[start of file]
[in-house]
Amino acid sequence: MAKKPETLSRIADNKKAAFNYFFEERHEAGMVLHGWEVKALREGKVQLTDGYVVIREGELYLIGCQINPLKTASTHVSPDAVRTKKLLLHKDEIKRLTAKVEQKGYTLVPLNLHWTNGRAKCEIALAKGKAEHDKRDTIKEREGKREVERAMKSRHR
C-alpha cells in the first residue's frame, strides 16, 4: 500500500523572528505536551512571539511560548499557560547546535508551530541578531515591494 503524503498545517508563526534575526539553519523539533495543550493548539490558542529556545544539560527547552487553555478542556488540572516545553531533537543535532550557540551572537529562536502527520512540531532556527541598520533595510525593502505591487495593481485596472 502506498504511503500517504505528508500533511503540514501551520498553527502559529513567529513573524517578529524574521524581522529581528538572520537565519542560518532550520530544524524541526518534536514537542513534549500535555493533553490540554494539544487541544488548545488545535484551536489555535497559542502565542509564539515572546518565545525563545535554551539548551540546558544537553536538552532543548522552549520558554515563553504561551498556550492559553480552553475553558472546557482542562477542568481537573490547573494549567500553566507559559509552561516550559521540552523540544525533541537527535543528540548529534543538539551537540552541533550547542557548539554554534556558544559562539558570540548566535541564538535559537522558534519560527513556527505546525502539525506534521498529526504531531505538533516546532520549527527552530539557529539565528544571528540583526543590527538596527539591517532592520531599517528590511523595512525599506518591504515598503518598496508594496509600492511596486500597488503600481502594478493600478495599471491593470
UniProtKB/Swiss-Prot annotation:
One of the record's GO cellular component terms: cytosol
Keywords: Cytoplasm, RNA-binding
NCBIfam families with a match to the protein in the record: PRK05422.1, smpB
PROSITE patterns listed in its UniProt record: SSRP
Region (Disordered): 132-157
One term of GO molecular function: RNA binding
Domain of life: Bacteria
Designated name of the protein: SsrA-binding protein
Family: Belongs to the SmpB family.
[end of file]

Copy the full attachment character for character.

[in-house]
Amino acid sequence: MAKKPETLSRIADNKKAAFNYFFEERHEAGMVLHGWEVKALREGKVQLTDGYVVIREGELYLIGCQINPLKTASTHVSPDAVRTKKLLLHKDEIKRLTAKVEQKGYTLVPLNLHWTNGRAKCEIALAKGKAEHDKRDTIKEREGKREVERAMKSRHR
C-alpha cells in the first residue's frame, strides 16, 4: 500500500523572528505536551512571539511560548499557560547546535508551530541578531515591494 503524503498545517508563526534575526539553519523539533495543550493548539490558542529556545544539560527547552487553555478542556488540572516545553531533537543535532550557540551572537529562536502527520512540531532556527541598520533595510525593502505591487495593481485596472 502506498504511503500517504505528508500533511503540514501551520498553527502559529513567529513573524517578529524574521524581522529581528538572520537565519542560518532550520530544524524541526518534536514537542513534549500535555493533553490540554494539544487541544488548545488545535484551536489555535497559542502565542509564539515572546518565545525563545535554551539548551540546558544537553536538552532543548522552549520558554515563553504561551498556550492559553480552553475553558472546557482542562477542568481537573490547573494549567500553566507559559509552561516550559521540552523540544525533541537527535543528540548529534543538539551537540552541533550547542557548539554554534556558544559562539558570540548566535541564538535559537522558534519560527513556527505546525502539525506534521498529526504531531505538533516546532520549527527552530539557529539565528544571528540583526543590527538596527539591517532592520531599517528590511523595512525599506518591504515598503518598496508594496509600492511596486500597488503600481502594478493600478495599471491593470
UniProtKB/Swiss-Prot annotation:
One of the record's GO cellular component terms: cytosol
Keywords: Cytoplasm, RNA-binding
NCBIfam families with a match to the protein in the record: PRK05422.1, smpB
PROSITE patterns listed in its UniProt record: SSRP
Region (Disordered): 132-157
One term of GO molecular function: RNA binding
Domain of life: Bacteria
Designated name of the protein: SsrA-binding protein
Family: Belongs to the SmpB family.